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Frederick A. Meyer, IV (born January 4, 1981) is an American former professional ice hockey defenseman who played parts of seven seasons in the National Hockey League (NHL) for the Philadelphia Flyers, New York Islanders, Phoenix Coyotes and Atlanta Thrashers. He is currently the head coach for the East Coast Wizards of the Eastern Hockey League (EHL).

Freddy Meyer
Freddy Meyer.jpg
Born (1981-01-04) January 4, 1981 (age 38)
Sanbornville, NH, USA
Height 5 ft 10 in (178 cm)
Weight 192 lb (87 kg; 13 st 10 lb)
Position Defense
Shot Left
Played for Philadelphia Flyers
New York Islanders
Phoenix Coyotes
Atlanta Thrashers
Modo Hockey
National team  United States
NHL Draft Undrafted
Playing career 2003–2012

Playing careerEdit

As a youth, Meyer played in the 1994 and 1995 Quebec International Pee-Wee Hockey Tournaments with minor ice hockey teams from Beverly, Massachusetts and Syracuse, New York.[1]

Meyer was signed by the Philadelphia Flyers on May 21, 2003 to an entry level contract. Meyer was previously an NCAA East First All-American team in 2002–03 at Boston University.[citation needed]

Meyer was a key defenseman during the Philadelphia Phantoms Calder Cup winning team in the 2004–05 AHL season.[citation needed]

On December 16, 2006 he was traded along with a conditional 3rd round draft pick to the New York Islanders in exchange for Alexei Zhitnik.[2] He was claimed off waivers by the Phoenix Coyotes on October 8, 2007.[3] On October 23, he cleared waivers and was sent to the San Antonio Rampage of the AHL.[4] On November 10, he was reclaimed by the Islanders off of re-entry waivers.[5]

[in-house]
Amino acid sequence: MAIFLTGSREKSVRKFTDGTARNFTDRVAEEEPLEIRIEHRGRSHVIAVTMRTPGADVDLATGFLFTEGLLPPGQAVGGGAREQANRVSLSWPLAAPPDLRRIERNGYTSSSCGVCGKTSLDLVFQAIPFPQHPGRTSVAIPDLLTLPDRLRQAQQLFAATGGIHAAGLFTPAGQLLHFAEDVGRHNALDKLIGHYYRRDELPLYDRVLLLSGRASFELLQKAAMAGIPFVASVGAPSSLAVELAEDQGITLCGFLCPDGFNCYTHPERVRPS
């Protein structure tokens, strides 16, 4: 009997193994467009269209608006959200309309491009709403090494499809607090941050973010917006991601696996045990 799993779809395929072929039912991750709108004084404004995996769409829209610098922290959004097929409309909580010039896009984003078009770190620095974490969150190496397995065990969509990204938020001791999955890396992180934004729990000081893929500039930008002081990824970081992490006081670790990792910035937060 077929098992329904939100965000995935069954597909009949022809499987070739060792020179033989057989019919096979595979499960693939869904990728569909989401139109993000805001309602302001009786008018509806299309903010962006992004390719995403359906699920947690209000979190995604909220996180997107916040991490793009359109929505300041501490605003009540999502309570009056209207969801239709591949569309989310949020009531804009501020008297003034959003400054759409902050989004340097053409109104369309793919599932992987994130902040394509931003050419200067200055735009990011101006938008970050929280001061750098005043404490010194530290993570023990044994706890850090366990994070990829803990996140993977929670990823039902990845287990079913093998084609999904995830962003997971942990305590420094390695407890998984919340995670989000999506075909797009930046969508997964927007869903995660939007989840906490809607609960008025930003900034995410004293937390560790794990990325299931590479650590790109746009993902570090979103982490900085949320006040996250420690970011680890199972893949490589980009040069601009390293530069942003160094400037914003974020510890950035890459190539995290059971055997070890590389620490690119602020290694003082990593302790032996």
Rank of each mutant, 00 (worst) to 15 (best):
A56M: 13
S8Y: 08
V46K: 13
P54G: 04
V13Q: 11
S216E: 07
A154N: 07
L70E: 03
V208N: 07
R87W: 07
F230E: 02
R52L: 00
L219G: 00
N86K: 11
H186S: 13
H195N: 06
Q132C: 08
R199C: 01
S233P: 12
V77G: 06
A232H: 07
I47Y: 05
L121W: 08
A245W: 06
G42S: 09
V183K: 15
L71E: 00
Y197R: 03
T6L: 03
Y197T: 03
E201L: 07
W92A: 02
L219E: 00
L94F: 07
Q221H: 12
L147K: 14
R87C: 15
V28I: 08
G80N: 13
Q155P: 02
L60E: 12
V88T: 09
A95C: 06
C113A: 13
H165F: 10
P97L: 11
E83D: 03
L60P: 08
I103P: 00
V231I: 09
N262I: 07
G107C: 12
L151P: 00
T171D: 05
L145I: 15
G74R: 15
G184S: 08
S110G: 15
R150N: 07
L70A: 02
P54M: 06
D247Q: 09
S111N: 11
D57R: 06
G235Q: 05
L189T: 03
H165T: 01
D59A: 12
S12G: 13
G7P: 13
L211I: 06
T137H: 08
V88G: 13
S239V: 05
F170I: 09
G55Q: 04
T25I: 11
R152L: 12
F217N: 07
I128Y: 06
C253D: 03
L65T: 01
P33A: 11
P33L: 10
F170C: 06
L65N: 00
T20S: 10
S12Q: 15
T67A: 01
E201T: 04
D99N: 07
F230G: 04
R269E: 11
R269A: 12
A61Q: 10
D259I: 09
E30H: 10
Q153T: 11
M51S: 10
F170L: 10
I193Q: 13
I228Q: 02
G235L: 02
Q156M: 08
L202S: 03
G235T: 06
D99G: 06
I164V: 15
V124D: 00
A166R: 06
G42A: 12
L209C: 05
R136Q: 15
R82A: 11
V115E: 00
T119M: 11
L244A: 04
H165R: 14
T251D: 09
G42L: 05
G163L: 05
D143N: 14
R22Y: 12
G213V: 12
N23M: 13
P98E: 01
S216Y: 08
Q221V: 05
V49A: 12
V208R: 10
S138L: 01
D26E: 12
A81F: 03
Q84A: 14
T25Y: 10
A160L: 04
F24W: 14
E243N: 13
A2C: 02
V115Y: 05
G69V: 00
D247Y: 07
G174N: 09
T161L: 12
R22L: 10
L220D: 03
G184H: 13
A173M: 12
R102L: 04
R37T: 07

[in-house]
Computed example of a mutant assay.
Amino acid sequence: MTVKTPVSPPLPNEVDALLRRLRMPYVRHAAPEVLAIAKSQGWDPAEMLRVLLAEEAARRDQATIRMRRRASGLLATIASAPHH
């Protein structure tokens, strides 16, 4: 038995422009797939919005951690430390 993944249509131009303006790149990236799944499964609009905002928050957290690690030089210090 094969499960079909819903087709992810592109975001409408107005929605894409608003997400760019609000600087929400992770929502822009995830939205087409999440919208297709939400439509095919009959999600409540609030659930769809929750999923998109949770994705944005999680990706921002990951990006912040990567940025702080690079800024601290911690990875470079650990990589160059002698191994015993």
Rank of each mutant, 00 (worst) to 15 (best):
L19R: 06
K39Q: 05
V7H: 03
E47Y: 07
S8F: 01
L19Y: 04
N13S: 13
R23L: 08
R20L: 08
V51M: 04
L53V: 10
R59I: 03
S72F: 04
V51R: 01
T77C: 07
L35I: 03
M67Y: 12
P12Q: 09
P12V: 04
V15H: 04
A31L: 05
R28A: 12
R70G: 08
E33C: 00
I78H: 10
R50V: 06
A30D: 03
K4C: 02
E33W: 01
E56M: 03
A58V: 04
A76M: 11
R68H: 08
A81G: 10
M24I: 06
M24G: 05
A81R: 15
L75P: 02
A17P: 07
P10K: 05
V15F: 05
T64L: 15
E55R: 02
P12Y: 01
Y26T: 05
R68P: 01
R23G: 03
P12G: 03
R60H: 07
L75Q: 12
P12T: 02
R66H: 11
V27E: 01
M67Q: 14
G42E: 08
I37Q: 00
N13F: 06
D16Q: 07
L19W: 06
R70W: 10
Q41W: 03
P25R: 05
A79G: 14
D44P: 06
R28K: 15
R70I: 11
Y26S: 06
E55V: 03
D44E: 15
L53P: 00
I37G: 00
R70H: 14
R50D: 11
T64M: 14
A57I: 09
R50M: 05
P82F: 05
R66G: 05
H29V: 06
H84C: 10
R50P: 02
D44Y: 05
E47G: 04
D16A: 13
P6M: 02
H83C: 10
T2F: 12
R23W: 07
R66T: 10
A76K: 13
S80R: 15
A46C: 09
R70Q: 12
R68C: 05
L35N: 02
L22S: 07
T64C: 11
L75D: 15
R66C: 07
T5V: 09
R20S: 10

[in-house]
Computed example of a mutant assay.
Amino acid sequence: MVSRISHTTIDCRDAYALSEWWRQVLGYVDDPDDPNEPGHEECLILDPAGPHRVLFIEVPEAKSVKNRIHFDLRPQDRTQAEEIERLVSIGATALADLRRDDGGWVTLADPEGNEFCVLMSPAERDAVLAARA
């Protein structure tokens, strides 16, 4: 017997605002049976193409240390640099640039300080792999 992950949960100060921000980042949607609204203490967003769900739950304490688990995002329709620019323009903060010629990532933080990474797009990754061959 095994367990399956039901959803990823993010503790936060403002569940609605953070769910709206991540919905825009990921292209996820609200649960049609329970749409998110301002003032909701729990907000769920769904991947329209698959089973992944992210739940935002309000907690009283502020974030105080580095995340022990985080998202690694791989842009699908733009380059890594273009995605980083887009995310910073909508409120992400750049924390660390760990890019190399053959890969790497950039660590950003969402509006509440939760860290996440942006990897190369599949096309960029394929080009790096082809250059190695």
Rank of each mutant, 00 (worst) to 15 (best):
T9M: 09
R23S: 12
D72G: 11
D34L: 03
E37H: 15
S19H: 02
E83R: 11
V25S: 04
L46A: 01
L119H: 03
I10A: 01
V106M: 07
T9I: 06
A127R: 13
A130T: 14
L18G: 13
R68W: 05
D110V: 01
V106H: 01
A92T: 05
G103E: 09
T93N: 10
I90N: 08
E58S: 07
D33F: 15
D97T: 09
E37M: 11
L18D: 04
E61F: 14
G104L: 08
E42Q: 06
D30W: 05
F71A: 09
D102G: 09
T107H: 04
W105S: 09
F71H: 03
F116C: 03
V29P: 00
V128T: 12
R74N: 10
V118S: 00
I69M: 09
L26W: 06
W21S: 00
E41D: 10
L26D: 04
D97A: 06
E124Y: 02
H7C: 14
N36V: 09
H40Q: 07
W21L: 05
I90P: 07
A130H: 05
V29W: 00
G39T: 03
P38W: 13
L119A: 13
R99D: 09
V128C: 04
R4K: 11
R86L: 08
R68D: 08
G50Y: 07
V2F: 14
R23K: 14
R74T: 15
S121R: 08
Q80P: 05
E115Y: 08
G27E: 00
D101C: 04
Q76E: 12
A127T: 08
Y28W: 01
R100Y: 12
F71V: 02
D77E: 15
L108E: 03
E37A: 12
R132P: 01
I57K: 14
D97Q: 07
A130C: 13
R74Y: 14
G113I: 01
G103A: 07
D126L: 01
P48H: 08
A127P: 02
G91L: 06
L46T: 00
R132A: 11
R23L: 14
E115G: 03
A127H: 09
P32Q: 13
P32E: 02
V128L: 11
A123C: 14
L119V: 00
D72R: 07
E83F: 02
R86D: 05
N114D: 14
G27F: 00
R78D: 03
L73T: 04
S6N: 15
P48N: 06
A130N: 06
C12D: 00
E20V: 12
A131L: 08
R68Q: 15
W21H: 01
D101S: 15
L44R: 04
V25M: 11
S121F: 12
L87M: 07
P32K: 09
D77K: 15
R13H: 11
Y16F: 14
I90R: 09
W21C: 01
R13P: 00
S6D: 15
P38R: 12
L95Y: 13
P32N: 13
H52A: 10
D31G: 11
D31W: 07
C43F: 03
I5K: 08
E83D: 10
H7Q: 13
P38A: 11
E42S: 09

On August 19, 2010 he was signed by the Atlanta Thrashers to a one-year contract as an unrestricted free agent.[6]

On June 18, 2011, following the completion of the 2010–11 season, Meyer left the NHL and signed a one-year deal with European team, Modo Hockey of the Elitserien.[7]

On August 28, 2012, Meyer retired from professional hockey, becoming an assistant coach with the Manchester Monarchs of the American Hockey League for two seasons. He would leave the Monarchs to be named as the East Coast Wizards head coach in the EHL.[citation needed]

Career statisticsEdit

Regular season and playoffsEdit

Regular season Playoffs
Season Team League GP G A Pts PIM GP G A Pts PIM
1999–00 Boston University HE 25 1 11 12 52
2000–01 Boston University HE 28 6 13 19 82
2001–02 Boston University HE 37 5 15 20 78
2002–03 Boston University HE 36 5 16 21 76
2003–04 Philadelphia Phantoms AHL 59 14 14 28 50 12 0 3 3 8
2003–04 Philadelphia Flyers NHL 1 0 0 0 0
2004–05 Philadelphia Phantoms AHL 59 6 9 15 71 21 3 9 12 34
2005–06 Philadelphia Phantoms AHL 11 3 3 6 22
2005–06 Philadelphia Flyers NHL 57 6 21 27 33 6 0 1 1 8
2006–07 Philadelphia Flyers NHL 25 2 3 5 14
2006–07 New York Islanders NHL 35 0 3 3 24
2007–08 Phoenix Coyotes NHL 5 0 0 0 0
2007–08 San Antonio Rampage AHL 8 0 2 2 12
2007–08 New York Islanders NHL 52 3 9 12 22
2008–09 New York Islanders NHL 27 4 5 9 14
2009–10 New York Islanders NHL 64 4 11 15 40
2010–11 Atlanta Thrashers NHL 15 1 1 2 8
2011–12 Modo Hockey SEL 31 3 9 12 55
NHL totals 281 20 53 73 155 6 0 1 1 8

InternationalEdit

Year Team Event Result GP G A Pts PIM
1999 United States WJC18 7th 6 1 4 5 8
2001 United States WJC 5th 7 0 2 2 12
2006 United States WC 7th 7 0 0 0 6
Junior totals 13 1 6 7 20
Senior totals 7 0 0 0 6

Awards and honorsEdit

ReferencesEdit

  1. ^ "Pee-Wee players who have reached NHL or WHA" (PDF). Quebec International Pee-Wee Hockey Tournament. 2018. Retrieved 2019-02-10.
  2. ^ New York Islanders - News: ISLANDERS ACQUIRE MEYER FOR ZHITNIK - 12/16/2006
  3. ^ Phoenix Coyotes - News: COYOTES CLAIM FREDDY MEYER OFF WAIVERS FROM NEW YORK ISLANDERS - 10/08/2007 Archived 2007-12-11 at the Wayback Machine
  4. ^ Phoenix Coyotes - News: COYOTES ASSIGN FREDDY MEYER TO SAN ANTONIO - 10/23/2007 Archived 2007-10-30 at the Wayback Machine
  5. ^ New York Islanders - News: NEWS FLASH: FREDDY'S BACK - 11/10/2007
  6. ^ "Thrashers sign Freddy Meyer". Bluelandblog.com. 2010-08-19. Archived from the original on 2010-08-25. Retrieved 2010-08-19.
  7. ^ "Modo Hockey bring in American" (in Swedish). MODO Hockey. 2011-06-18. Archived from the original on 2011-08-22. Retrieved 2011-06-18.

External linksEdit